Opening the Swiss Army knife of integrated professionalism

Sharing expertise across disciplines and jurisdictions create better solutions.

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SwissknifeProfessionalism: it radiates ethics and expertise, competence and character, and a good number of other worthy virtues—all good!

And yet…

What tends to be missing from the mix is enough mixing—among other disciplines. It’s not that we don’t have enough professionalism; it’s that it’s not shared enough.

Studies show that most governments, industries and organizations fail to collaborate across business functions when meeting customer and client needs. Such silo practices create an inability or unwillingness to share data, information, resources, or collaborate with others on shared missions.

For want of collaborative agility in our fast-paced society, a response delayed is an opportunity missed, a solution lost, and a future vanished.

That missing agility-ability is particularly far-reaching in the recreation and park profession. Because modern recreation and park systems are multifaceted physical and socioeconomic structures, they daily deliver foundational needs and essential human services.

Much of what constitutes the appeal and livability of our communities is our direct connection to our public spaces and our natural and cultural assets. Their facilities and features build a strong and resilient infrastructure. Their recreational opportunities bolster our wellness and life satisfaction. Together, our park and recreation systems contribute expansively to a healthy economy, environment and society in dozens of documented, tangible ways.

Park and recreation professionals are among the highest enablers of personal and community wellness, yet are often hindered by a lack of full interagency and interdisciplinary awareness, cooperation, and integrated services. Their public effectiveness in enabling community solutions would only improve with more interaction with their counterparts in public health, social services, community development, public works, transportation, food distribution and other services.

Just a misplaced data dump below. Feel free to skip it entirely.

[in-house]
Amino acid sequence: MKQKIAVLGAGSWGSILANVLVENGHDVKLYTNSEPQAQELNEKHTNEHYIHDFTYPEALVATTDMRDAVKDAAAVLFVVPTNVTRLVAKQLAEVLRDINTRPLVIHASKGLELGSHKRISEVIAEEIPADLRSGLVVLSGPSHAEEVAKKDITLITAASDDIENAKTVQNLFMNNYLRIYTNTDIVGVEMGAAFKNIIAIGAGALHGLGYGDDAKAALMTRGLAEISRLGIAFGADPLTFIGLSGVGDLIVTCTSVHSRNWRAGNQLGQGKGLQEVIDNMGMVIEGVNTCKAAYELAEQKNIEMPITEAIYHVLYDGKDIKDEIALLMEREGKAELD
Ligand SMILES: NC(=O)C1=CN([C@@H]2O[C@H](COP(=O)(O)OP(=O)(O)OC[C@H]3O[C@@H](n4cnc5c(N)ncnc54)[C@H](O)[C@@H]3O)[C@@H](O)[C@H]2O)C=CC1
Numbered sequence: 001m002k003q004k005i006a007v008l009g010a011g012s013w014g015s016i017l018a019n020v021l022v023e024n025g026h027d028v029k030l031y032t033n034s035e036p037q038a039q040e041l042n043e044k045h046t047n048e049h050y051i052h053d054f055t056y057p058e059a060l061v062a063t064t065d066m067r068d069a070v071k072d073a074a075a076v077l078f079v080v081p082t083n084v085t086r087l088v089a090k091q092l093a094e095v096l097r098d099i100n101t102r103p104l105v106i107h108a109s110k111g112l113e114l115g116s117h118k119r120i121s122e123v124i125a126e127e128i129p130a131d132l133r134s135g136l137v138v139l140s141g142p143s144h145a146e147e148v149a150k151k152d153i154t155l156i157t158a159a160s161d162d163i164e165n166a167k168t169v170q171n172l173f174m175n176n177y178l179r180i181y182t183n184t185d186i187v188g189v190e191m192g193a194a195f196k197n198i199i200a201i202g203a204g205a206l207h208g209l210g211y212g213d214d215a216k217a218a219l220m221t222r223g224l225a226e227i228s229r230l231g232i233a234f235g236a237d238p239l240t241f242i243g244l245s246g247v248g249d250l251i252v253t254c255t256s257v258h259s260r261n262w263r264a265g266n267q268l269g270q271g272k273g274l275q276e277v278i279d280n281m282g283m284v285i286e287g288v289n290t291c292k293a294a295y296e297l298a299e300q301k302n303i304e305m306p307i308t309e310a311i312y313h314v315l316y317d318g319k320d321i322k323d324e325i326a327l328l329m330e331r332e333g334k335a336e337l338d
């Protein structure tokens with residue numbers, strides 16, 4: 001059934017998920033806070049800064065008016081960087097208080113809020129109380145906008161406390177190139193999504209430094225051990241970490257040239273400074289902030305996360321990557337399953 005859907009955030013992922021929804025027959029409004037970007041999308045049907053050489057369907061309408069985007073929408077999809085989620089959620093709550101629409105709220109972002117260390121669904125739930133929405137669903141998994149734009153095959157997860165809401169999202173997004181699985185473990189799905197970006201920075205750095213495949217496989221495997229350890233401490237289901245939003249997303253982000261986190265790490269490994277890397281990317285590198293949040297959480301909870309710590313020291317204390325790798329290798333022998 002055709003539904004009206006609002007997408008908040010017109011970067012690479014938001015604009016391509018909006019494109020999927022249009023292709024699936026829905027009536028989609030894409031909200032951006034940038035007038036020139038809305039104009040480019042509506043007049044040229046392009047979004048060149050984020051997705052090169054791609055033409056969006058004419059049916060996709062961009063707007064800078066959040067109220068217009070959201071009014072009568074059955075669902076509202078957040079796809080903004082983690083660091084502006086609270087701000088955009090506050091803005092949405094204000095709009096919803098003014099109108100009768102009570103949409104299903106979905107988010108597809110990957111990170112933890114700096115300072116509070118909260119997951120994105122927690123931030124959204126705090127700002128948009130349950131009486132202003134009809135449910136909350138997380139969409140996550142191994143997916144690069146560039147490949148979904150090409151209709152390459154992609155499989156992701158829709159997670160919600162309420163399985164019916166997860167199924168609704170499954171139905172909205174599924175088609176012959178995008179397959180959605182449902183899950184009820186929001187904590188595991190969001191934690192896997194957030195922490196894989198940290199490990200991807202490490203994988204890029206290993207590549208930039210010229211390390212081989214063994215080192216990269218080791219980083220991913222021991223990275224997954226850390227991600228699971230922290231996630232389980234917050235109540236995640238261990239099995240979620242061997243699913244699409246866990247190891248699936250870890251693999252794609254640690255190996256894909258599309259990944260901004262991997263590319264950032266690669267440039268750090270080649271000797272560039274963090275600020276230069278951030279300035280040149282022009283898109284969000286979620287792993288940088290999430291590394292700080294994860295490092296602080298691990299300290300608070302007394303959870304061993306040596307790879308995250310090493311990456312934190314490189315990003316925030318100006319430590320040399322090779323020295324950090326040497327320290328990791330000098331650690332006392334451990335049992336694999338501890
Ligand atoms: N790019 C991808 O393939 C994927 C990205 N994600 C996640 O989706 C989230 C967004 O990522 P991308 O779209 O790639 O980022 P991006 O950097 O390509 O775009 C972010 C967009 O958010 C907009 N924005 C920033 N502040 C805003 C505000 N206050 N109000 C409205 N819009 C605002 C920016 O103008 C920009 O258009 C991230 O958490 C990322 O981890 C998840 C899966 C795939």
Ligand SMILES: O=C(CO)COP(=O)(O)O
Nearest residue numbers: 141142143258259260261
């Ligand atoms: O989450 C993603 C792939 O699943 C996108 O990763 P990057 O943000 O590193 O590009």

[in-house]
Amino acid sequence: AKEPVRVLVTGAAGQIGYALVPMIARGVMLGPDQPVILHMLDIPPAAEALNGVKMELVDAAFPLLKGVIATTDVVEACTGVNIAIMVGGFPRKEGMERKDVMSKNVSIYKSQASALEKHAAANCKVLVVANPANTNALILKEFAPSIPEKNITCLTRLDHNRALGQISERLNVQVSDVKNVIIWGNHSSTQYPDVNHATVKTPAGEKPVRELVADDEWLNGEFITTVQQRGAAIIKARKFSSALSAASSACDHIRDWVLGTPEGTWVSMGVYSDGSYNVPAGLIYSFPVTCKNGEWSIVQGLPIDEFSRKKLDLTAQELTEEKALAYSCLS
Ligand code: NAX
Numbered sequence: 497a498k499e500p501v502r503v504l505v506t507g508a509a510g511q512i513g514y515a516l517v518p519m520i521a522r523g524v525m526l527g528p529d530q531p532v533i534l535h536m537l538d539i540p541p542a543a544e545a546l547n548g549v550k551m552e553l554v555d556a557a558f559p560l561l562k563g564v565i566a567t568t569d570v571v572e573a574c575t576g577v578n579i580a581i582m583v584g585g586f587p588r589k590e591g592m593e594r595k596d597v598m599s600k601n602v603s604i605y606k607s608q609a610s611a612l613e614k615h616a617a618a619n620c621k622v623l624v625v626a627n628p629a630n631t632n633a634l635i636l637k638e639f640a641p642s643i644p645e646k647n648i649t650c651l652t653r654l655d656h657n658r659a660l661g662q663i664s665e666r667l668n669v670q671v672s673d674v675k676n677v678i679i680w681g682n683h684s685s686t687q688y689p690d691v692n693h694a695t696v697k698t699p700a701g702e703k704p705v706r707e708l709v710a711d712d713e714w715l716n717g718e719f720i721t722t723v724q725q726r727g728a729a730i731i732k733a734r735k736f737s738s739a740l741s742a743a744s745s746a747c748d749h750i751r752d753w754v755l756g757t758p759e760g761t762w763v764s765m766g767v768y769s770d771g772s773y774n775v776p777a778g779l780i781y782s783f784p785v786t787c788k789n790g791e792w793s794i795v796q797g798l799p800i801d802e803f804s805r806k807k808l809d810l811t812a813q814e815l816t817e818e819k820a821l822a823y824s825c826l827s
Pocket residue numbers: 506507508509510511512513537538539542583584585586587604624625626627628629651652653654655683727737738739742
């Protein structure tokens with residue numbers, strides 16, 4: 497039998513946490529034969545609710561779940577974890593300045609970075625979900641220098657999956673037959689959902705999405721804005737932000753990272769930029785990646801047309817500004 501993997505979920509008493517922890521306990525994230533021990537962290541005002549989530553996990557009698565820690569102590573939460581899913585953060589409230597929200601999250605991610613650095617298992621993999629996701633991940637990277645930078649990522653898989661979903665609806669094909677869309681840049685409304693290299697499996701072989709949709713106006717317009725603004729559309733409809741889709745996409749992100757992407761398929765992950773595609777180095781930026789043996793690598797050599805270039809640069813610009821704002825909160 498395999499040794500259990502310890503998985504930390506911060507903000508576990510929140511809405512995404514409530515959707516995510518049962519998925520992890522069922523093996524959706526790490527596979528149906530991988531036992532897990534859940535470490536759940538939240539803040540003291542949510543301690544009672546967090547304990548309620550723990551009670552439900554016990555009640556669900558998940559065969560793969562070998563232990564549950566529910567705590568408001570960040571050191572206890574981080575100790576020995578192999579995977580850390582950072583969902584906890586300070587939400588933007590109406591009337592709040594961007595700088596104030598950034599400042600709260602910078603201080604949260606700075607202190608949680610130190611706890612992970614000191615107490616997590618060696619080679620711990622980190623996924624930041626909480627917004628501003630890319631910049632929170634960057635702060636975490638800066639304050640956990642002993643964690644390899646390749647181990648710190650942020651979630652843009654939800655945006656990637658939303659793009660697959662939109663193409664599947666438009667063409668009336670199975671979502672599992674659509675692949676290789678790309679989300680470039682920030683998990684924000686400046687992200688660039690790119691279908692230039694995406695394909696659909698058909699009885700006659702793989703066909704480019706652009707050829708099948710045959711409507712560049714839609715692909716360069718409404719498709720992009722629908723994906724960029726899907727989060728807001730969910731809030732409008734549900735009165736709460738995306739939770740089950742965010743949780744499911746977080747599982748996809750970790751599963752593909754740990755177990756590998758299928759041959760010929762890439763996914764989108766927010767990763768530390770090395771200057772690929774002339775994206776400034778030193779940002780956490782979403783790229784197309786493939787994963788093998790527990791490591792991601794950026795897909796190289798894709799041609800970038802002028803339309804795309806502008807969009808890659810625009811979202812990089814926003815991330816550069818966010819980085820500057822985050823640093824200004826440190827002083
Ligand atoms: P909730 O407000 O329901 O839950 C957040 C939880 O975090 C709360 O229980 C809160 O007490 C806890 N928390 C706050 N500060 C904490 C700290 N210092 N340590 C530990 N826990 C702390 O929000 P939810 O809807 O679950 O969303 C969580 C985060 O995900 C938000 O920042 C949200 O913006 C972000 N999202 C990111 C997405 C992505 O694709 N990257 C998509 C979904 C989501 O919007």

Moreover, many governmental agencies and public organizations do not yet readily identify parks and recreation as a go-to industry to help meet pressing social and economic issues. And while they may be willing to work toward positive change, they are often hampered by politics and/or bureaucratic structures that simply cannot move quickly on opportunities, make timely and productive decisions, or efficiently contribute to innovation.

To bring integrated solutions to complex public issues, we need integrated professionalism. Like opening a sophisticated Swiss Army Knife, we need to access a wide array of sharp professional tools, resources, capabilities and systems. Not only can we then combine savvy specialists and the best resources for the job, our collective synchronization of services spawns innovation, adds value, and reduces costs.

How can park and recreation leaders fashion such a purposeful toolkit?

Begin by focusing on shared opportunities. Construct intentional working relationships within agencies and organizations whose missions coincide with yours. Educate decision-makers and stakeholders on the ways park and recreation services contribute to community wellness. Such tools may look like these:

·  Integrated Professionalism Forum. Facilitate open forums among working professionals in recreation, parks, conservation, health, public works, maintenance, transportation, resources, economic development, therapy and social work, and urban and land use planning.

·  Top Co-op Day. With help from fellow professionals, convene an annual meeting with department heads (or their empowered reps) whose duties include community and economic development, conservation and natural resources, drug and alcohol programs, education, environmental protection, health, human services, transportation, and labor and industry. Build meeting agendas from real world examples and cases of need; plot practical sharing and collaborative resolutions.

·  Cooperative Exchanges. Create themed opportunities to share joint concerns with representatives from state and county commissions who deal with crime and delinquency, children and families, rural affairs, physical fitness and sports, green government, museums and heritage, arts, opioids, etc. Invite members to Park Champion and other public recreation and park events.

These are some of the strategies outlined in PRPS’s new Strategic Plan: let’s work together to shape a sharp new collaborative future! What cutting-edge applications can you apply? What successes have you had? What other transformational tools can you suggest for more integrated professionalism?

Author: Tim Herd

PRPS CEO

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